Tuesday, 22 January 2013

US Airline Woes

More travelers are flying than ever before and yet airlines have a difficult time making money. The airline industry is a tough business to be in. Airplanes, fuel and people are the three biggest costs to airlines. New airplanes cost money and borrowed money is vulnerable to interest rate fluctuations. The price of jet fuel fluctuates with movements in the petroleum markets. Airlines require lots of people to make your flight as smooth as possible. The difficulties of running a profitable airline have pushed some US  carriers into bankruptcy and created incentives to merge. US Airways has been through Chapter 11 bankruptcy proceedings twice and United and Delta each once. American recently filed for Chapter 11 and now it looks like a merger with US Airways is in the works. Mergers, however, often do not work out as planned with the anticipated  managerial efficiencies and scale effects failing to materialize.

How efficient are US airlines? Using data published in a recent Economist article, I investigate the efficiency of US airlines.



To calculate technical efficiency I use data envelope analysis (DEA).  DEA is a non-parametric approach to the estimation of production functions. I use four inputs (global capacity, domestic market share, employees, delayed/cancelled flights)  and two outputs (market capitalization, operating profits).  For those interested in the technical details, I use the 2 stage input approach with variable returns to scale (VRS).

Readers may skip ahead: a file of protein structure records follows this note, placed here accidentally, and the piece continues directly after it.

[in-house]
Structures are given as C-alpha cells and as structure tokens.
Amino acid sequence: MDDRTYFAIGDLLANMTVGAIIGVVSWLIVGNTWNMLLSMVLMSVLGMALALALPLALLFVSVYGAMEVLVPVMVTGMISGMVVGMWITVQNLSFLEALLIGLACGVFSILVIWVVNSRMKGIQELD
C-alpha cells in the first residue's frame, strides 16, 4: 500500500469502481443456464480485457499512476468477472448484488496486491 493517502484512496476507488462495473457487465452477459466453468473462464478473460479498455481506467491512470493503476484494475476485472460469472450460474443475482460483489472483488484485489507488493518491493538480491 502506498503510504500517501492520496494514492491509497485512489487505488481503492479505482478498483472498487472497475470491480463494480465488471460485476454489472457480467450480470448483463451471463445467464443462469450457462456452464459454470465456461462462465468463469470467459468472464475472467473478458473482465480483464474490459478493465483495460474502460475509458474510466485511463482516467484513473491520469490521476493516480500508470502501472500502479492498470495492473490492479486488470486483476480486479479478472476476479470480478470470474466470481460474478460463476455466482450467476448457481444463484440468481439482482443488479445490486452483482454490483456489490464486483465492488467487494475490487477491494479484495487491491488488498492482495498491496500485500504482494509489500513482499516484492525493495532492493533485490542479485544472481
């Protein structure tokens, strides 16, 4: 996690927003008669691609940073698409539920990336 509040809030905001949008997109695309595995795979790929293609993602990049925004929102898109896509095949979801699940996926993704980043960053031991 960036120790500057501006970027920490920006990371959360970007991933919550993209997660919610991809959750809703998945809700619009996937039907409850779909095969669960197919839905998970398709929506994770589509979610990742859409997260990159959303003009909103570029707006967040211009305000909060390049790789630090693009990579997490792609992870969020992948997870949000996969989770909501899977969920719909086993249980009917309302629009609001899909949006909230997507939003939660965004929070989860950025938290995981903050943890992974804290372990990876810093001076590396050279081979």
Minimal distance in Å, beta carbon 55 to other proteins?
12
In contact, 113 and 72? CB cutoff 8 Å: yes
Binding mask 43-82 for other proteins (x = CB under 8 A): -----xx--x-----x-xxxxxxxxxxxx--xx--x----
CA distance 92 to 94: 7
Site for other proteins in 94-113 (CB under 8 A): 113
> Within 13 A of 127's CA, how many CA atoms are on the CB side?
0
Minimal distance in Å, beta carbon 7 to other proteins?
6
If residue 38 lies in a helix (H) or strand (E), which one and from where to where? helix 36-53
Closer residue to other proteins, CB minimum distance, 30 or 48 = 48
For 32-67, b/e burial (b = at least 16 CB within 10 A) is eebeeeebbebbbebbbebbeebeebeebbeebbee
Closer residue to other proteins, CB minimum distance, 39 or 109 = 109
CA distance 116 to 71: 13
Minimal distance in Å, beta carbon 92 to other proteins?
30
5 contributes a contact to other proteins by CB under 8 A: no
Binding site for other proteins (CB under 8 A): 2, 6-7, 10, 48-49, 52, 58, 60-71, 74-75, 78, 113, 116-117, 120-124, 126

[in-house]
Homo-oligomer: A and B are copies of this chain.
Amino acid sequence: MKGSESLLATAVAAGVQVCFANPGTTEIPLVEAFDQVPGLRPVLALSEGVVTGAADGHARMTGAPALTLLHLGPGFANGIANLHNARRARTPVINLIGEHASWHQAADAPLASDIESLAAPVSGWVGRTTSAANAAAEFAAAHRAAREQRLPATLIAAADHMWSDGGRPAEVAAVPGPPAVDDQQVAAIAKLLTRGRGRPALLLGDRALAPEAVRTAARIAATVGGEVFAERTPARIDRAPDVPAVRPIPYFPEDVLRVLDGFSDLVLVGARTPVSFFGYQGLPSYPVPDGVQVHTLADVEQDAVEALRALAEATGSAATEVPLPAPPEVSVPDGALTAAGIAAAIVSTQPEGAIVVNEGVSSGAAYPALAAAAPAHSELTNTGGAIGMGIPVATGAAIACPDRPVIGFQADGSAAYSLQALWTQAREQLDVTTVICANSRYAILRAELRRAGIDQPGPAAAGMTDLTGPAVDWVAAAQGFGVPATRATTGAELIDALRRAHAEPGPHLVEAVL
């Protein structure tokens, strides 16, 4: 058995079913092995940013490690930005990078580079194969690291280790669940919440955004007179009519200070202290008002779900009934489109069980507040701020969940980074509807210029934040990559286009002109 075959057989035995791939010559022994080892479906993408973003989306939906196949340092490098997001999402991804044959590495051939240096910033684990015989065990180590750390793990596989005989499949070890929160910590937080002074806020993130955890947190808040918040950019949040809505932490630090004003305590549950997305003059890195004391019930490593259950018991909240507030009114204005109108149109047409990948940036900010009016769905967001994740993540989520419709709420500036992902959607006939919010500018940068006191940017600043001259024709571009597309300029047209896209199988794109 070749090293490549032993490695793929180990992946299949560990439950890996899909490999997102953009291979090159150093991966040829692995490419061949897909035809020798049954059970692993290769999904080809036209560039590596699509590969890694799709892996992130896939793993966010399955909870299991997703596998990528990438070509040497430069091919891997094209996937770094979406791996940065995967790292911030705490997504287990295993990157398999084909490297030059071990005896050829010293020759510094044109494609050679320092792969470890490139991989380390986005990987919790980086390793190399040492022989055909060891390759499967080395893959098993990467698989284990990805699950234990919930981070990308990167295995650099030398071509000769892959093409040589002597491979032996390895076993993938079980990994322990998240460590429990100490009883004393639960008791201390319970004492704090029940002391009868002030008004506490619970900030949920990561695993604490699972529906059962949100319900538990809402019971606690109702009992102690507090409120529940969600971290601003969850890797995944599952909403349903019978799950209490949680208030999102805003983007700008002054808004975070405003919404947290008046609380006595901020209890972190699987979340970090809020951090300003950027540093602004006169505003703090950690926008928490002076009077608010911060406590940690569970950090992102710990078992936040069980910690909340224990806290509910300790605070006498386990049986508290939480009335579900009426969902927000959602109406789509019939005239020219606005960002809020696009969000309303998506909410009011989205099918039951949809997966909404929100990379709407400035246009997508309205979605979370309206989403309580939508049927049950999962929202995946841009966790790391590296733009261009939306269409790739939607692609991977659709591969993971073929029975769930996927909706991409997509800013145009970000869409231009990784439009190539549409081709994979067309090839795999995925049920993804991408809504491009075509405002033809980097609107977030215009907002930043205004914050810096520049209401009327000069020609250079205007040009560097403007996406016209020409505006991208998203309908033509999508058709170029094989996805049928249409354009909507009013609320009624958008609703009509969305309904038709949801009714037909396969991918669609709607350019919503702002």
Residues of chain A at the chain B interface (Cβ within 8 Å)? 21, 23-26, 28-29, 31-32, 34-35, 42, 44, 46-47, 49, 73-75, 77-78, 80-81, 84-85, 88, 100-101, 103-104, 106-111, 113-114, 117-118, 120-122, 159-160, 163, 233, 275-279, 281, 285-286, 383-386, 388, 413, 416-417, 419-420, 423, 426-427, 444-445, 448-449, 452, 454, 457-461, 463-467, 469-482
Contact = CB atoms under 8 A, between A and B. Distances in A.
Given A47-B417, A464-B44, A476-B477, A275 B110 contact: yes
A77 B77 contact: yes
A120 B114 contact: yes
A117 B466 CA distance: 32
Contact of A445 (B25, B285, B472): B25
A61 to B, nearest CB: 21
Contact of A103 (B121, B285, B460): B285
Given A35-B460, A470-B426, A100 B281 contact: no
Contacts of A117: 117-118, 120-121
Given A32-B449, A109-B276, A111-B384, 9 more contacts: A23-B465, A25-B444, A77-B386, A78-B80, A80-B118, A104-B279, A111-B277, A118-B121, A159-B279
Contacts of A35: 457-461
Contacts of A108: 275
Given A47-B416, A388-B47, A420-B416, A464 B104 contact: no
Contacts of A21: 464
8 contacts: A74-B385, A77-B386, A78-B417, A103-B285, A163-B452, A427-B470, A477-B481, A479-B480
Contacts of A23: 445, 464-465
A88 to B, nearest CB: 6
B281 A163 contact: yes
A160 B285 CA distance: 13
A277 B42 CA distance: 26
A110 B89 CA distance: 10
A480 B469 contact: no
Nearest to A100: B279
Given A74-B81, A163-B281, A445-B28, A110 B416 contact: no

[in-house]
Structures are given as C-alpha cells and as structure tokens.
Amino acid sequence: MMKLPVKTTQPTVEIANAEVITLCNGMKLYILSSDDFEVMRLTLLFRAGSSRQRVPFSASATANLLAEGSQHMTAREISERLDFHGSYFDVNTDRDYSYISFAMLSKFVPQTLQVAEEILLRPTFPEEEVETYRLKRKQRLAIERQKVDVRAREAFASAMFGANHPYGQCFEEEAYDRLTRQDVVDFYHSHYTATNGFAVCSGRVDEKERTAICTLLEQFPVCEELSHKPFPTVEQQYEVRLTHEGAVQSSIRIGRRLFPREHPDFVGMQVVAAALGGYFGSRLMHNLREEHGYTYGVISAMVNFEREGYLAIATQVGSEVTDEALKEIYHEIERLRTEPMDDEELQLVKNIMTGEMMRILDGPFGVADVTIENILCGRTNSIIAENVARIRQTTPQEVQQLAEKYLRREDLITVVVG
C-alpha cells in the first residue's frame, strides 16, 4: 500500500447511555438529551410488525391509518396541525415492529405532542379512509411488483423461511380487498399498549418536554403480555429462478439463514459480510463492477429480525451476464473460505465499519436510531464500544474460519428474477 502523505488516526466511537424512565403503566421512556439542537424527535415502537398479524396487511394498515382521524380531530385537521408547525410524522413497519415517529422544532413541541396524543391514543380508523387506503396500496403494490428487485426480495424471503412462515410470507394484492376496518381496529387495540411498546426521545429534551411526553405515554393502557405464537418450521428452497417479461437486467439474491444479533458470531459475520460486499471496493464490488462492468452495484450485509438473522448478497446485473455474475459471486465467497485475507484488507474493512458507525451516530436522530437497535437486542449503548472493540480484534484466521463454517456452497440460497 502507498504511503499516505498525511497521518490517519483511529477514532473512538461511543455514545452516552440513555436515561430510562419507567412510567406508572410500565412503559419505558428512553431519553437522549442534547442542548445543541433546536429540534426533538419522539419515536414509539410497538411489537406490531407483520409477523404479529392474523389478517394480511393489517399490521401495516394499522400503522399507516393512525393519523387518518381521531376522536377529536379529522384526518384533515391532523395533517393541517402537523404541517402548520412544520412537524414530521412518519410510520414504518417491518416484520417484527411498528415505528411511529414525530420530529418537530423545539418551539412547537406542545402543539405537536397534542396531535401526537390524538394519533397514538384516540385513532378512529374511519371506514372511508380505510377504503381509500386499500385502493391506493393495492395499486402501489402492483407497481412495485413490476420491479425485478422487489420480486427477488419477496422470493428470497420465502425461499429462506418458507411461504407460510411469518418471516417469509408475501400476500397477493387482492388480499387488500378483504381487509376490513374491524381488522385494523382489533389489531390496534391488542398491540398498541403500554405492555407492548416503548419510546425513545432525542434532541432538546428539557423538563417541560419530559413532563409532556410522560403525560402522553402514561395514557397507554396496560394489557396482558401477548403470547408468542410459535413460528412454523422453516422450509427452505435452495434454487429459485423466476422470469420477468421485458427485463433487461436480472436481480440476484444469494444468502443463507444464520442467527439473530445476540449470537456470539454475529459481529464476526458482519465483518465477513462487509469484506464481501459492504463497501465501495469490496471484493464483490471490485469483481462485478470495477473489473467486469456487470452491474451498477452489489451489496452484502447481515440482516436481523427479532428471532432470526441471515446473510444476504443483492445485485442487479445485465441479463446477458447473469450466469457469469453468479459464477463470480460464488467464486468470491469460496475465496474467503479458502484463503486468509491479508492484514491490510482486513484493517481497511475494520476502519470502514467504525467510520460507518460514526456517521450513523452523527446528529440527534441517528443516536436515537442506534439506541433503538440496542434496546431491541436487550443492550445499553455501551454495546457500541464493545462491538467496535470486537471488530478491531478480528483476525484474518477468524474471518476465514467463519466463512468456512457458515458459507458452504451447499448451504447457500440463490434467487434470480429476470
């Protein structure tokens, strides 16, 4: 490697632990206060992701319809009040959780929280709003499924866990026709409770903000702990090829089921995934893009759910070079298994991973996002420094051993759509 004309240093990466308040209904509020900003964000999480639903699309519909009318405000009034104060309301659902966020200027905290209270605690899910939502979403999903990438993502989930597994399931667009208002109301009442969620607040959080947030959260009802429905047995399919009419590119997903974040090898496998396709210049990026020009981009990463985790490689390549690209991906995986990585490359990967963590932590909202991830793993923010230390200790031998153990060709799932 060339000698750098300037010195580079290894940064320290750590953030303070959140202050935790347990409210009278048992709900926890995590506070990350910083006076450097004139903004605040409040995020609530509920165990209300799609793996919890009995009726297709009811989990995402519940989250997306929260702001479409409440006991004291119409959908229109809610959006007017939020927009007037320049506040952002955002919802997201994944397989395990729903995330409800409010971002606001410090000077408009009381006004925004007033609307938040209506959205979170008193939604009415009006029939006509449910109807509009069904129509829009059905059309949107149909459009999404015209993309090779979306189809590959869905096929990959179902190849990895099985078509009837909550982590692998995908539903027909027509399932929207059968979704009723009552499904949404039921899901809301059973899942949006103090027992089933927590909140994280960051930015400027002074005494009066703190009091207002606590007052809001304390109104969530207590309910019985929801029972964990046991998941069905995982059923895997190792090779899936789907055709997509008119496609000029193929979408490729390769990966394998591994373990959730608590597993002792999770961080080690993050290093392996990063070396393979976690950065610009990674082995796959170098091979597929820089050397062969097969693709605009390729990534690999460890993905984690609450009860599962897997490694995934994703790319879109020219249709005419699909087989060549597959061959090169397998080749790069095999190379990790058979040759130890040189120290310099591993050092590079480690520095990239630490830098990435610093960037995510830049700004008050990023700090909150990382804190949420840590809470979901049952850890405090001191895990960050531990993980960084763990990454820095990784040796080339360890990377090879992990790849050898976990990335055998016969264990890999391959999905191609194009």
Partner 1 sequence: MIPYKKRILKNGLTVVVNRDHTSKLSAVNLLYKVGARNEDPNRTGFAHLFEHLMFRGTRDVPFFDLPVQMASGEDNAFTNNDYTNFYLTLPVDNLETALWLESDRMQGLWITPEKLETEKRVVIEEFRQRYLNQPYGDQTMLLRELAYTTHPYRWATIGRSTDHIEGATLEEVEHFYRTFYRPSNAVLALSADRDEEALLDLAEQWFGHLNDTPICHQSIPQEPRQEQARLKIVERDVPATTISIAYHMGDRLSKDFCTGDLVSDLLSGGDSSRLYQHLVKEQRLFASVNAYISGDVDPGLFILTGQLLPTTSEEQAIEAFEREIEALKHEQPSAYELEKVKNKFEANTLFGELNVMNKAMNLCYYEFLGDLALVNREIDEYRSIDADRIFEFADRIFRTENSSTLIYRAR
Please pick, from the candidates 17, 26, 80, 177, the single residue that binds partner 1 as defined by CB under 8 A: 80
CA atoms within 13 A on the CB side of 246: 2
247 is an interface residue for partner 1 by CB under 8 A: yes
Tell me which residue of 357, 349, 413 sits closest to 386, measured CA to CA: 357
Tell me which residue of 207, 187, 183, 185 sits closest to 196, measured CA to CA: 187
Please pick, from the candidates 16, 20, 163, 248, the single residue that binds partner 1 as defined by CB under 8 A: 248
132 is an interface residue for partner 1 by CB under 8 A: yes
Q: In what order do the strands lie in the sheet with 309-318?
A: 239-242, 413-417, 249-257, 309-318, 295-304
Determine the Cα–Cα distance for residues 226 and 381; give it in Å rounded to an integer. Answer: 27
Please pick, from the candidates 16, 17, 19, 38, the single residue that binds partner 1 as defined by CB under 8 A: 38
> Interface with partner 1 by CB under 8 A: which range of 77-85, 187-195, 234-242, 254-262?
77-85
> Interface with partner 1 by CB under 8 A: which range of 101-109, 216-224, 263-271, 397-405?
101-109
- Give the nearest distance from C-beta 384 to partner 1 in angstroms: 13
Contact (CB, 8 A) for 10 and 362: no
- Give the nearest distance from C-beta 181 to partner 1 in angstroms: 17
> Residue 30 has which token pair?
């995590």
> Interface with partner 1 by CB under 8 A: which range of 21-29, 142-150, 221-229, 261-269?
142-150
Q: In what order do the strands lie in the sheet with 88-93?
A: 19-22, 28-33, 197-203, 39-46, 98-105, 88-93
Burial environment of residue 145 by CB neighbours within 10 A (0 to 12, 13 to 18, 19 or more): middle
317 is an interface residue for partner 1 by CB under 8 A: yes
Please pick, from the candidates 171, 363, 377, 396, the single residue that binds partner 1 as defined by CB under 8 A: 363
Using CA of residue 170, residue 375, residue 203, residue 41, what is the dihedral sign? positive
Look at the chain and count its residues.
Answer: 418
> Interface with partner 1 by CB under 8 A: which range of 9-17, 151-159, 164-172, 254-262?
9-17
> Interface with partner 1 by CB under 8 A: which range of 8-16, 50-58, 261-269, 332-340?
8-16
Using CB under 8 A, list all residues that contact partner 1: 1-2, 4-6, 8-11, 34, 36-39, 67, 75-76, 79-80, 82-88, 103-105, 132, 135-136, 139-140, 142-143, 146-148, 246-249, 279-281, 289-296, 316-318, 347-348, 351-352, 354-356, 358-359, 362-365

The DEA results are presented in the above table. Total technical efficiency (CRS_TE) can be broken down into pure technical efficiency (VRS_TE) and a scale effect. The total technical efficiency measures indicate that US Airways, Delta, Southwest, and Alaska are efficient since their CRS_TE measures are equal to one. These companies are operating on the boundary of the production possibility frontier. The other companies are inefficient with American being the least efficient. American for example, can reduce its inputs by 99% and still produce the same output (measured by market capitalization and operating profits). This really shows the extent of American's problems. Pure technical efficiency (VRS_TE) is a measure of manager effectiveness. American's inefficiency is coming from a combination of managerial inefficiency (VRS_TE) and a scale effect inefficiency. American has the least effective management and the largest scale inefficiency. The unity value in the RTS column indicates that American is operating with increasing returns to scale. American needs to get bigger and become more efficient. I wonder if US Airways knows the extent of these inefficiencies and how difficult it is going to be to get the merger to work.

3 comments:

  1. In retrospect this was a great leading indicator to the merger of US Airways and American.

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